OF JUDGMENT: 01/19/2018
COUNTY CIRCUIT COURT HON. ANTHONY ALAN MOZINGO TRIAL JUDGE
ATTORNEY FOR APPELLANT: JAMES EARNEST WATTS (PRO SE)
ATTORNEYS FOR APPELLEE: OFFICE OF THE ATTORNEY GENERAL BY:
BARBARA WAKELAND BYRD
IRVING, P.J., CARLTON AND FAIR, JJ.
James Earnest Watts appeals the judgment of the Marion County
Circuit Court, denying his motion for modification of his
On April 19, 1994, the grand jury of Marion County indicted
Watts for killing Vanessa Nicole Lumpkin, a female child
under the age of twelve years old, while in the commission of
sexual battery in violation of Mississippi Code Annotated
section 97-3-19(2)(e) (Supp. 2018). In August 1996, a jury
convicted Watts of capital murder and decided that he should
receive the death penalty. Watts appealed; the Mississippi
Supreme Court affirmed his conviction but reversed his
sentence on the basis that the trial court had not properly
instructed the jury as to the three sentencing options in
capital murder cases provided by Mississippi Code Annotated
section 97-3-21(3) (Rev. 2014): death, life in prison without
the eligibility for parole, or life in prison with the
eligibility for parole. Rather, the jury was instructed only
that it had two sentencing options: the death penalty or life
in prison without the eligibility for parole.
On June 4, 1999, Watts-represented by counsel-appeared before
the trial court for resentencing. The State offered not to
seek the death penalty if Watts would agree to waive his
right to pursue a sentence before a jury of life with parole
and accept a sentence of life without parole. After
conferring with his counsel, Watts accepted the State's
offer, and the trial court sentenced him to life without the
eligibility for parole.
On December 11, 2017, Watts, acting pro se, filed a motion to
modify his sentence to life with the eligibility for parole,
wherein he argued that Mississippi Code Annotated section
97-3-21 (Rev. 2014) permitted the trial court to impose a
sentence of only imprisonment for life; thus, its imposition
of a sentence of life without parole exceeded the statutory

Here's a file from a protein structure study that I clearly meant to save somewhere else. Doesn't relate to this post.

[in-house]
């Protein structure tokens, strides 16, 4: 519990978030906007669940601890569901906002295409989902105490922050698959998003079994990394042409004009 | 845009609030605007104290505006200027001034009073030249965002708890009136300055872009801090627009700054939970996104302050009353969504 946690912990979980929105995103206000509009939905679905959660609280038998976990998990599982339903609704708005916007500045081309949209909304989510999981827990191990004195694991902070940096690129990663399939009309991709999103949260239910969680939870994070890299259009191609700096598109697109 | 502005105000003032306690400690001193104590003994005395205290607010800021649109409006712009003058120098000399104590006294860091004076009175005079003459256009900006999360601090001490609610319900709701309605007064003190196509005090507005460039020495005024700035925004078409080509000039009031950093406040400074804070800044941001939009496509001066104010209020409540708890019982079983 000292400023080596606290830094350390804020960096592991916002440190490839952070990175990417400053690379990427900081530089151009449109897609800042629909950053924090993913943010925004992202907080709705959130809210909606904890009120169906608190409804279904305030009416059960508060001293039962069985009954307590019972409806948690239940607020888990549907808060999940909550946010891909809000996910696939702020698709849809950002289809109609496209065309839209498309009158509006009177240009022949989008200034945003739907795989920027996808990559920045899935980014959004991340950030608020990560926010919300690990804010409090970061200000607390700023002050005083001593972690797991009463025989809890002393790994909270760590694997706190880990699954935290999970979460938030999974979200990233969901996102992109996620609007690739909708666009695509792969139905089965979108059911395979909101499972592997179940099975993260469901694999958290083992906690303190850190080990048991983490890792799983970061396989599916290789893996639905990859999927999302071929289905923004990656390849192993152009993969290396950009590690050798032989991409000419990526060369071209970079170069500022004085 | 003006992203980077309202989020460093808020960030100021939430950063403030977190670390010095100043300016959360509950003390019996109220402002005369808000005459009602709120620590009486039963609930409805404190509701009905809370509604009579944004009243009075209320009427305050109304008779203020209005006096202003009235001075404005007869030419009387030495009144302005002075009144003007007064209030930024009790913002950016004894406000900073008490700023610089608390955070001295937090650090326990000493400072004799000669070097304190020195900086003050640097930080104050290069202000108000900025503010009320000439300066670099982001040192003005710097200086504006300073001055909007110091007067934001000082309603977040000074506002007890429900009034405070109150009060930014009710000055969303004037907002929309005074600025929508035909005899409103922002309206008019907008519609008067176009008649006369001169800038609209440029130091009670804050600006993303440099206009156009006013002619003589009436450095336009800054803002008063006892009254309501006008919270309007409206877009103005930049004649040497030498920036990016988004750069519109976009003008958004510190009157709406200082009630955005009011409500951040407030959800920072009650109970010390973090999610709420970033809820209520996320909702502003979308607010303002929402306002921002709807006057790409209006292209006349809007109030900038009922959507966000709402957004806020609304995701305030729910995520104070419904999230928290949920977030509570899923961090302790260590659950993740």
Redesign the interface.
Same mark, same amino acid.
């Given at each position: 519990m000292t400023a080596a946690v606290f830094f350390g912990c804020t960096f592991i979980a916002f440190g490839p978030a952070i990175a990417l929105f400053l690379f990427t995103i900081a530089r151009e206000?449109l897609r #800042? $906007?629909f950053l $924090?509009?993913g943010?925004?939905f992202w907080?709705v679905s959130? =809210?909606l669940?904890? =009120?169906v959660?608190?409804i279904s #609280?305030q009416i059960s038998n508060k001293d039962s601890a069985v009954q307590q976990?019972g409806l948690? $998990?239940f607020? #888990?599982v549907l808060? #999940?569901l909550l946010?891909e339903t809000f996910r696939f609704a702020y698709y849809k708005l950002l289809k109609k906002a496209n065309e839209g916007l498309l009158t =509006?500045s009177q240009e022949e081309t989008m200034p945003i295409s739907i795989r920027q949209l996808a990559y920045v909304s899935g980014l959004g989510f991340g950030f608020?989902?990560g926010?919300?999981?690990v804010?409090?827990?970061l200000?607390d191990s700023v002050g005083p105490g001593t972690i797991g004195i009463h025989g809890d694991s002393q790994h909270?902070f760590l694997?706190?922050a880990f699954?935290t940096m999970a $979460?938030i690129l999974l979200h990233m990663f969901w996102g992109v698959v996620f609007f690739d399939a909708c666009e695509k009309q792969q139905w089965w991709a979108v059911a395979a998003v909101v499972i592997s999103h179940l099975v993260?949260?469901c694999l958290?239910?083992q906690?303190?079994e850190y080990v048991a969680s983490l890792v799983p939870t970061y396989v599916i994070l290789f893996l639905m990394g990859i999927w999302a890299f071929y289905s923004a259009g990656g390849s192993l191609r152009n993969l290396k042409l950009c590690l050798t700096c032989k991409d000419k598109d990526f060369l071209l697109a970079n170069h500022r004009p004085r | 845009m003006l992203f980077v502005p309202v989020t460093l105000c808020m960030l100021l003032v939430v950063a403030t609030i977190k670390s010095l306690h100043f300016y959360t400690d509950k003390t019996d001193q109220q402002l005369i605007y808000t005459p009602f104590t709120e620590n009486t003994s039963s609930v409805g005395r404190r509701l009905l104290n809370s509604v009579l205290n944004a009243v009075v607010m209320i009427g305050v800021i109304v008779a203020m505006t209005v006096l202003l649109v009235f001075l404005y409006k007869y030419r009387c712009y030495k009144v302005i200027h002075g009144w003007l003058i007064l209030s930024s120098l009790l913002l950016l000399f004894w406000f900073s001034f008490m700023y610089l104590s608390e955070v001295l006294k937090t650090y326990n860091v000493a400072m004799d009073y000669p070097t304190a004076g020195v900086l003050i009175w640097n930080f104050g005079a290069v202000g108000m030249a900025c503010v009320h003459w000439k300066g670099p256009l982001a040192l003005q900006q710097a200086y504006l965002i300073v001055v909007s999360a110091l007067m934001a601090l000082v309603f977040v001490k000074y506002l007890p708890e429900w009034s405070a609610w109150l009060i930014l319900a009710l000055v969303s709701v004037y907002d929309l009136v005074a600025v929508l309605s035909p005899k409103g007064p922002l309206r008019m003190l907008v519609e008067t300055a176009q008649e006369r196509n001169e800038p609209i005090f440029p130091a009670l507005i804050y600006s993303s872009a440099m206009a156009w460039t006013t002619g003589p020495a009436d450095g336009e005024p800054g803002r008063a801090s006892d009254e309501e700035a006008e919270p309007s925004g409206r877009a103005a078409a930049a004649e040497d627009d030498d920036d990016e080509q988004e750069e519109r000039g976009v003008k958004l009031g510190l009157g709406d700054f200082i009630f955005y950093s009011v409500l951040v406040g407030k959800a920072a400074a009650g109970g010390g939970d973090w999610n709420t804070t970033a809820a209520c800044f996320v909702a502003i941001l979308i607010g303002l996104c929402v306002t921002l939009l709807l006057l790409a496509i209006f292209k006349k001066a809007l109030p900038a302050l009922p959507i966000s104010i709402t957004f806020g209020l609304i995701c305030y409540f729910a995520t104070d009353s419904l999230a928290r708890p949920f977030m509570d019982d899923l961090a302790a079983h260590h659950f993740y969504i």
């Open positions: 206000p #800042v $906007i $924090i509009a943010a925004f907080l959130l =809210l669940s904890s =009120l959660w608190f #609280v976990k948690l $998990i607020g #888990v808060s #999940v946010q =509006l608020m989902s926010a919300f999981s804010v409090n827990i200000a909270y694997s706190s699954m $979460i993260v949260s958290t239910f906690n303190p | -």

maximum. In support of his argument, Watts cited King v.
Epps, No. 1:10CV7-A, 2013 WL 1291632, at *1 (N.D. Miss.
Mar. 26, 2013), and Bell v. State, 160 So.3d 188,
189 (¶1) (Miss. 2015), for the proposition that
Mississippi Code Annotated section 99-19-107 (Rev. 2015) is
inapplicable because the death penalty was rendered
unconstitutional. The trial court denied Watts's motion
and found that the holding in King v. State, 165
So.3d 1289, 1289 (¶1) (Miss. 2015),  did not apply to
Watts; the trial court did not address the holding in
Bell. Watts now appeals. On remand, Watts and the
State entered into a plea agreement wherein Watts agreed to
be sentenced to life without the possibility of parole. Watts
subsequently filed a motion to modify his sentence, arguing
that the trial court had exceeded its authority with the
sentence it imposed. The trial court denied Watts's
motion and Watts has appealed. We find no error and,
"Our review of motions to reconsider a sentence is made
under an abuse-of-discretion standard." Ducote v.
State, 970 So.2d 1309, 1312 (¶6) (Miss. Ct. App.
2007). However, as the State points out, this matter presents
itself more so as a petition for post-conviction relief (PCR)
because Watts argues that the trial court was without
jurisdiction to impose his sentence, that his sentence
exceeds the maximum authorized by law, and that his agreement
to waive being sentenced by a jury was involuntary. All of
these arguments are set forth as potential PCR claims under
the Mississippi Uniform Post-Conviction Collateral Relief
Act, Mississippi Code Annotated section 99-39-5 (Rev. 2015).
"Regarding post-conviction relief appeals, this Court
will not disturb the findings of the trial court unless they
are found to be clearly erroneous." Ducote, 970
So.2d at 1315 (¶14).
Watts makes multiple arguments in his pro se brief on appeal,
culminating in his contention that the trial court was
without the discretion to sentence him to life without
parole. First, Watts reiterates the argument he made in his
motion for modification that his sentence should be modified
in light of King v. State, 165 So.3d at 1289.
However, as the trial court properly provided in its order,
the facts of King differ from the matter at hand
because in King, the courts found the defendant
ineligible for the death penalty due to intellectual
disability. Id. and King v. Epps, 2013 WL
1291632, at *1. Watts has not proven intellectual disability,